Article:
Baltimore woman allergic to penicillin goes into anaphylactic shock after having unprotected sex with husband

Doctors found her husband regularly took nafcillin, a form of penicillin, in order to treat a heart infection


                            Baltimore woman allergic to penicillin goes into anaphylactic shock after having unprotected sex with husband

A woman who had unprotected sex with her husband reportedly suffered a life-threatening allergic reaction to penicillin right after.

An hour after the romping session, the 46-year-old, from Baltimore, Maryland, suffered blotchy red patches, began sweating profusely and felt giddy.

Her symptoms worsened and she started suffering diarrhea and extreme itchiness, leading her straight to the emergency ward. 

According to the unidentified woman, she had an allergy to penicillin but did not remember having ingested the drug nor any unusual foods before engaging in sexual intercourse.

Doctors at the Sinai Hospital of Baltimore soon noticed her blood pressure had plunged to life-threateningly low levels, and therefore presumed she was suffering from sepsis. They subsequently hooked her up to an IV in order to inject vital fluids that would allow her heart to continue pumping blood at normal levels.

In a bid to fight the sepsis, which the doctors presumed was the result of a severe infection, they gave the patient a course of antibiotics.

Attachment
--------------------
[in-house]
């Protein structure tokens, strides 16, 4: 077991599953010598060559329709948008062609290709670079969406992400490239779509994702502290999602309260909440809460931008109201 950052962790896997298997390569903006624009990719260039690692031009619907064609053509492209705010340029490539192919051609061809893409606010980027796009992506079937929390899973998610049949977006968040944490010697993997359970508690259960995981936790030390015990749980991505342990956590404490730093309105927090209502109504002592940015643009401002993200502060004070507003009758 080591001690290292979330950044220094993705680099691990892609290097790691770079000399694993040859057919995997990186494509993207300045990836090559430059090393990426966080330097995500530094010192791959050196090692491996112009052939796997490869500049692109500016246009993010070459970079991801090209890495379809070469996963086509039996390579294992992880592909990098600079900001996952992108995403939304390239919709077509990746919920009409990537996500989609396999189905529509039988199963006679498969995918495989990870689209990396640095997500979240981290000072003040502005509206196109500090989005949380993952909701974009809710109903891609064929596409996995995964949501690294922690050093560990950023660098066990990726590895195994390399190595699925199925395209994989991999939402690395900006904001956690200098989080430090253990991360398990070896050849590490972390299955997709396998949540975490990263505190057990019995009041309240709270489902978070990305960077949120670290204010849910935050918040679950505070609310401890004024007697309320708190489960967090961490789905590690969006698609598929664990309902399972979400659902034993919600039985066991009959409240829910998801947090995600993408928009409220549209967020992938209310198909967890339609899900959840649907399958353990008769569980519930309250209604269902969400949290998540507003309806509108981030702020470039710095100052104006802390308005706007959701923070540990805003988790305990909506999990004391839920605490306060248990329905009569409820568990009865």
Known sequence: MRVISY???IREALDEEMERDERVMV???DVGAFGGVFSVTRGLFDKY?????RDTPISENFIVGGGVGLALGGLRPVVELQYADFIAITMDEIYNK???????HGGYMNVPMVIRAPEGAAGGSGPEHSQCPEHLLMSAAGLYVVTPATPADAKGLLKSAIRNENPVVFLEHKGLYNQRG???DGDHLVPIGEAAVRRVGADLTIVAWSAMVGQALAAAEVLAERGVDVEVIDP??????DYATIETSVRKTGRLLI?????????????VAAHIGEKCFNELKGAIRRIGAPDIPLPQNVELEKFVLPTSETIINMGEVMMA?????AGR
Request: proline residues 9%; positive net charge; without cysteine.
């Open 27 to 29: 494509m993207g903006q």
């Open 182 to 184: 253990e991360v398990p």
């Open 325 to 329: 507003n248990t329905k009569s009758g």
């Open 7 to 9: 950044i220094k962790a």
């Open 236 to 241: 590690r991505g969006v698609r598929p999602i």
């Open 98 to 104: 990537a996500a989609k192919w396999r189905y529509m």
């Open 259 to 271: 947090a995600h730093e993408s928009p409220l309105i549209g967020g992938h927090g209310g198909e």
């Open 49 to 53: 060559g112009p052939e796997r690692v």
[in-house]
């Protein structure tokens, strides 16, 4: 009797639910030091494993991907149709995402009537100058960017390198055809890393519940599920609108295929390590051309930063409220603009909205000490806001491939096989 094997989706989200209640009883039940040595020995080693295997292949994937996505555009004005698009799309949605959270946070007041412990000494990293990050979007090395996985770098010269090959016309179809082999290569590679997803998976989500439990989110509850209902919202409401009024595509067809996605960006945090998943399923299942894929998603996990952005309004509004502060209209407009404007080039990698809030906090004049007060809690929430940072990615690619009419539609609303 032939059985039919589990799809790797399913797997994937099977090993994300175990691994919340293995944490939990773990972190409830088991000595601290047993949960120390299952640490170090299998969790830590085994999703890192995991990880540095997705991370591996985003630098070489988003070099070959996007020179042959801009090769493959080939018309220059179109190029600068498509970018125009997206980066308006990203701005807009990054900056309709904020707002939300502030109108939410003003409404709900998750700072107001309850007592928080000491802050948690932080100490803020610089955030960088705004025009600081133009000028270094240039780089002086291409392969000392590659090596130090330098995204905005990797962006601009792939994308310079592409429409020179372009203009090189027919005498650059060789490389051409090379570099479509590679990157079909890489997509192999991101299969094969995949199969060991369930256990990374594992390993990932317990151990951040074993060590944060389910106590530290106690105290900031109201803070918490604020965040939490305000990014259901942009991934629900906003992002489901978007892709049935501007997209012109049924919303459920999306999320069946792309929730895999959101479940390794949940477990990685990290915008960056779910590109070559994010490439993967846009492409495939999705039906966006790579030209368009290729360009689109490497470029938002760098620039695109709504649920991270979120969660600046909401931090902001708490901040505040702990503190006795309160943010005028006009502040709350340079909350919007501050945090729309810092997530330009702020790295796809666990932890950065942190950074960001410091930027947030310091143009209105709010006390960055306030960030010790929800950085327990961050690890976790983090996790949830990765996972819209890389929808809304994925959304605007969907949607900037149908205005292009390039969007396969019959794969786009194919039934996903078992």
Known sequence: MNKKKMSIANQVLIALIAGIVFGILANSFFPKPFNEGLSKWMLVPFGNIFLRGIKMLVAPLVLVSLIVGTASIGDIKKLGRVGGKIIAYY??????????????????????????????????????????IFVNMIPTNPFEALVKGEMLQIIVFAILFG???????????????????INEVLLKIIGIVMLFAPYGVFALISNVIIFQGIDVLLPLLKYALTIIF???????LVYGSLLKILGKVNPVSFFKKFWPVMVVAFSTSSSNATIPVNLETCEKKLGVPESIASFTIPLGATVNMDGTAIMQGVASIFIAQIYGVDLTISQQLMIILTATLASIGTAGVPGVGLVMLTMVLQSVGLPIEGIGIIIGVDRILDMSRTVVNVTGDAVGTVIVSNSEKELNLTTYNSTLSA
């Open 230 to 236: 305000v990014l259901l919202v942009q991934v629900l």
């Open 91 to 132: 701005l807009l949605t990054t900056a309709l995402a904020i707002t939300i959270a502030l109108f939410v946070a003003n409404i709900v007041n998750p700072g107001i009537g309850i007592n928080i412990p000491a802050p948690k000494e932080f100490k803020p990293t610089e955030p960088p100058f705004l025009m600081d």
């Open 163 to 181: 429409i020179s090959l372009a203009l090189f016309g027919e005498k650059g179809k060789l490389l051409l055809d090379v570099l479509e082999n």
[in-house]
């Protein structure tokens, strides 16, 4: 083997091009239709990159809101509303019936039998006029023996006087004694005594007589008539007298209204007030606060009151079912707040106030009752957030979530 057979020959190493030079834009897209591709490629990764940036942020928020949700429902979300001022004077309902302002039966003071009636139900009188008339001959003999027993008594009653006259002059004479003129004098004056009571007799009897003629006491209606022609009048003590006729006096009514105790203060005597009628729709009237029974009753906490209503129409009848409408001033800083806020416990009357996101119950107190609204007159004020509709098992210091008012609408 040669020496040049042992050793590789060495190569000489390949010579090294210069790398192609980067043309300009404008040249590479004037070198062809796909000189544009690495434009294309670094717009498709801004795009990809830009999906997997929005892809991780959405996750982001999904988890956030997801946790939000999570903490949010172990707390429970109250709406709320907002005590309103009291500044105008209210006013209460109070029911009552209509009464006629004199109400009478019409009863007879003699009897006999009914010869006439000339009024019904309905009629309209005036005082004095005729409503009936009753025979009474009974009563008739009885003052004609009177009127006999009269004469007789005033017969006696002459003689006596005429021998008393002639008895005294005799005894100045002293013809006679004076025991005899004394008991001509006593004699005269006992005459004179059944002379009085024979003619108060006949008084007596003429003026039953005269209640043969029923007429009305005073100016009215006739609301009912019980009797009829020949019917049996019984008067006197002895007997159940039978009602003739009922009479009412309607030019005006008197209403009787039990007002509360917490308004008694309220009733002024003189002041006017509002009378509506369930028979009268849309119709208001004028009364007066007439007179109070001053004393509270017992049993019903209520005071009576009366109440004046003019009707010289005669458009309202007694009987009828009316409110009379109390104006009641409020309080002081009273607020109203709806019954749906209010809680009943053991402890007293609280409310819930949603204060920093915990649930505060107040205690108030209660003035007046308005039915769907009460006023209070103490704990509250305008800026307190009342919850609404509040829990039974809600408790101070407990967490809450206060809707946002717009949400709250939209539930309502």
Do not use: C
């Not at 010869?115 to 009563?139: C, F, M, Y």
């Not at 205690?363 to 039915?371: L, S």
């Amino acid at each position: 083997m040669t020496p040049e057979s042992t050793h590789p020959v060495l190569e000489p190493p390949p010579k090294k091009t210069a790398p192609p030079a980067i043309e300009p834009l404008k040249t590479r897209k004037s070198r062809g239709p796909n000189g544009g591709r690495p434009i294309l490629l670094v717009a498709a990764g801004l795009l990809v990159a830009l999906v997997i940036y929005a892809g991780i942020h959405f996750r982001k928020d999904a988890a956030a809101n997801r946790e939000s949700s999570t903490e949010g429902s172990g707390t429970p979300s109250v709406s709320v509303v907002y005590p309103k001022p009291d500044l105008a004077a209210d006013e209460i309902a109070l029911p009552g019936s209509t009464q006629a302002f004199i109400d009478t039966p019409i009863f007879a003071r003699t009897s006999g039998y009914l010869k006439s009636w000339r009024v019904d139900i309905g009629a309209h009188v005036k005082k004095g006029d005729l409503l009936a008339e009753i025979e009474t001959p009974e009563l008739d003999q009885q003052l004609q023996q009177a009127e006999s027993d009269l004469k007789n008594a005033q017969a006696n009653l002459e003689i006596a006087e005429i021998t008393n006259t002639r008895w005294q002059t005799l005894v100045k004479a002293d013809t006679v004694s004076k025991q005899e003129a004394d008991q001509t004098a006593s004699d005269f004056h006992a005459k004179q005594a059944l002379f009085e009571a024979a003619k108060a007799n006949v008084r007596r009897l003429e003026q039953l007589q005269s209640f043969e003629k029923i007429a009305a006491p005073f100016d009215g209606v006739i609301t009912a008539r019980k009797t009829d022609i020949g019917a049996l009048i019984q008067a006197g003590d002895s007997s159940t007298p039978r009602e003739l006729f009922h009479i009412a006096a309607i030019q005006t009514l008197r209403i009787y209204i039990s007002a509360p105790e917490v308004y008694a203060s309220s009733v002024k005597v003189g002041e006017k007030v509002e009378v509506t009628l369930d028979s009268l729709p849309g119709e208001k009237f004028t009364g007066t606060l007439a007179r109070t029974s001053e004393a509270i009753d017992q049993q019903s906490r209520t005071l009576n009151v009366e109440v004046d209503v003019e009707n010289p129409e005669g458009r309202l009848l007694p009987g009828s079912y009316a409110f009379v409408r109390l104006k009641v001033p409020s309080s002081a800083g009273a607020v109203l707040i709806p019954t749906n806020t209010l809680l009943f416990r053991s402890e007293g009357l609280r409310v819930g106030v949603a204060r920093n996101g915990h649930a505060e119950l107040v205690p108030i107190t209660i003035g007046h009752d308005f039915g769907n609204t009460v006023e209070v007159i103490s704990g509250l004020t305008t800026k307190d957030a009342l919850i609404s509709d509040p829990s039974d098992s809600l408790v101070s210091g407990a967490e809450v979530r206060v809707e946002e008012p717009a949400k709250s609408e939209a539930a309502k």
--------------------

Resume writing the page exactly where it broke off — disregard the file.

However, subsequent tests confirmed she had actually been in anaphylactic shock and that there was no infection in her body. An anaphylactic shock is an extreme reaction by the immune system to supposed harmful substances.

It was then that medics found her husband regularly took nafcillin, which is a form of penicillin, in order to treat a heart infection.

Doctors later confirmed her anaphylaxis was a result of the "seminal transfer of nafcillin."

According to The American Journal of Medicine, the case was only the third of its kind ever recorded in modern medical history.

She was presumably given adrenaline following the diagnosis, which helps relax muscles around the airways in the lungs so they can open up and brings blood pressure back to normal levels.

That said, the woman was able to leave the hospital after her symptoms improved within the next 24 hours.

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